Combined Heat and Power (CHP) is simply the idea of using a heat source directly or indirectly to generate both hot water and electricity. The reason that it makes sense to generate electricity on site is the fact that most legacy power plants lose more than 50% of the power generated from the point of generation to the point of consumption.
"The average efficiency of power generation in the United States has remained at 34 percent since the 1960s — the energy lost in wasted heat from power generation in the U.S. is greater than the total energy use of Japan. CHP captures this waste energy and uses it to provide heating and cooling to factories and businesses, saving them money and improving the environment. Recognizing the benefits of CHP and its current underutilization as an energy resource in the United States, the Obama Administration is supporting a new challenge to achieve 40 gigawatts (GW) of new, cost-effective CHP by 2020. Achieving this goal would:The above is according to a report published by the US Department of Energy, titled “Combined Heat and Power, A Clean Energy Solution”, Dated August 2012
• Increase total CHP capacity in the U.S. by 50 percent in less than a decade
• Save energy users $10 billion a year compared to current energy use
• Save one quadrillion Btus (Quad) of energy — the equivalent of 1 percent of all energy use in the U.S.
• Reduce emissions by 150 million metric tons of CO2 annually — equivalent to the emissions from over 25 million cars• Result in $40-$80 billion in new capital investment in manufacturing and other U.S. facilities over the next decade"
Let's state the above one more time: Reduce emissions by 150 million metric tons of CO2 annually — equivalent to the emissions from over 25 million cars.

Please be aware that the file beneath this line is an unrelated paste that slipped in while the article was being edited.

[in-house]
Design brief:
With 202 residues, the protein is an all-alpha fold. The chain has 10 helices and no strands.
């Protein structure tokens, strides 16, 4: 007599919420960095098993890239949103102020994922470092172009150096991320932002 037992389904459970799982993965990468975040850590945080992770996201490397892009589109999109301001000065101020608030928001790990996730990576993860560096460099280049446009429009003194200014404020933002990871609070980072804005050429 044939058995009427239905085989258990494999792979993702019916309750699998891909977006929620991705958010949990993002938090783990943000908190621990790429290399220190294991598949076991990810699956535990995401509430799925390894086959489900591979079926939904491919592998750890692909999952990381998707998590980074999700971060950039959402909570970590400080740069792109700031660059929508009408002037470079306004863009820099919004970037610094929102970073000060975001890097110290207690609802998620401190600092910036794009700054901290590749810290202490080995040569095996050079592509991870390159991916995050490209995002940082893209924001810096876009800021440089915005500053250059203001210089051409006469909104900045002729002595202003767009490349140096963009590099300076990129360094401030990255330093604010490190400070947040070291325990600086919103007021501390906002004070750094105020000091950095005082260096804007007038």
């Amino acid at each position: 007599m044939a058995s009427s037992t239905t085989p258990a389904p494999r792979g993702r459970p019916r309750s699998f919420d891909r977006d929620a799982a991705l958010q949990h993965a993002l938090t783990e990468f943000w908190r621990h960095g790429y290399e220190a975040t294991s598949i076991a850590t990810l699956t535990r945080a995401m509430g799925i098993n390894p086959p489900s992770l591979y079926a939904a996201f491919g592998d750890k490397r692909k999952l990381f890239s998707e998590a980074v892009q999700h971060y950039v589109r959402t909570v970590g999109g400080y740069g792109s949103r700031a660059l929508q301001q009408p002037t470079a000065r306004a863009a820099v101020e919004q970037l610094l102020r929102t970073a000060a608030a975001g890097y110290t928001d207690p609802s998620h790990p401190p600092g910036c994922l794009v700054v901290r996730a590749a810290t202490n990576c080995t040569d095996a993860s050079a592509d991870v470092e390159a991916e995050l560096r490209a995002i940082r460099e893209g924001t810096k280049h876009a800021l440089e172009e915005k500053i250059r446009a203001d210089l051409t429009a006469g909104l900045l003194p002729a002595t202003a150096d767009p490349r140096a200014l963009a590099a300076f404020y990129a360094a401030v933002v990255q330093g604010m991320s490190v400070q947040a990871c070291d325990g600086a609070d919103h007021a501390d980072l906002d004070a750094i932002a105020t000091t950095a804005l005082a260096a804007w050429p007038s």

Think of it this way: For every one unit of energy produced by legacy grid providers, two units of carbon emissions are produced.
Recent hurricanes and natural disasters have shown the weakness in reliability of aging, large legacy grid systems and the need for a distributed grid architecture. This coupled with NetZero development trends predict a new distributed electric power grid architecture where power in many forms is generated close to the point of use and can achieve 75-80% overall efficiencies in comparison to the industry standard of 34% for legacy grid providers.
DOE, FERC and EPA as directed by Presidential Executive Order 13624 through the use of CHP have identified a way to reduce emissions, just by changing the way we deliver energy to the grid. CHP, which by its very nature places electricity generation closer to the point of consumption, is much more efficient with half the carbon produced and a lower overall impact to the environment.
As the Executive Order, states "There is no one size fits all solution.." Technical Designs has the expertise to take you from Concept and Evaluation right into construction and commissioning. We will help you navigate through regulations, rate structures, and rebates along the way and find the opportunities to make you a Carbon Considerate Entity.
"There is no one size fits all solution for our manufacturers, so it is imperative that we support these investments through a variety of approaches, including encouraging private sector investment by setting goals and highlighting the benefits of investment, improving coordination at the Federal level, partnering with and supporting States, and identifying investment models beneficial to the multiple stakeholders involved."Executive Order 13624, August 2012
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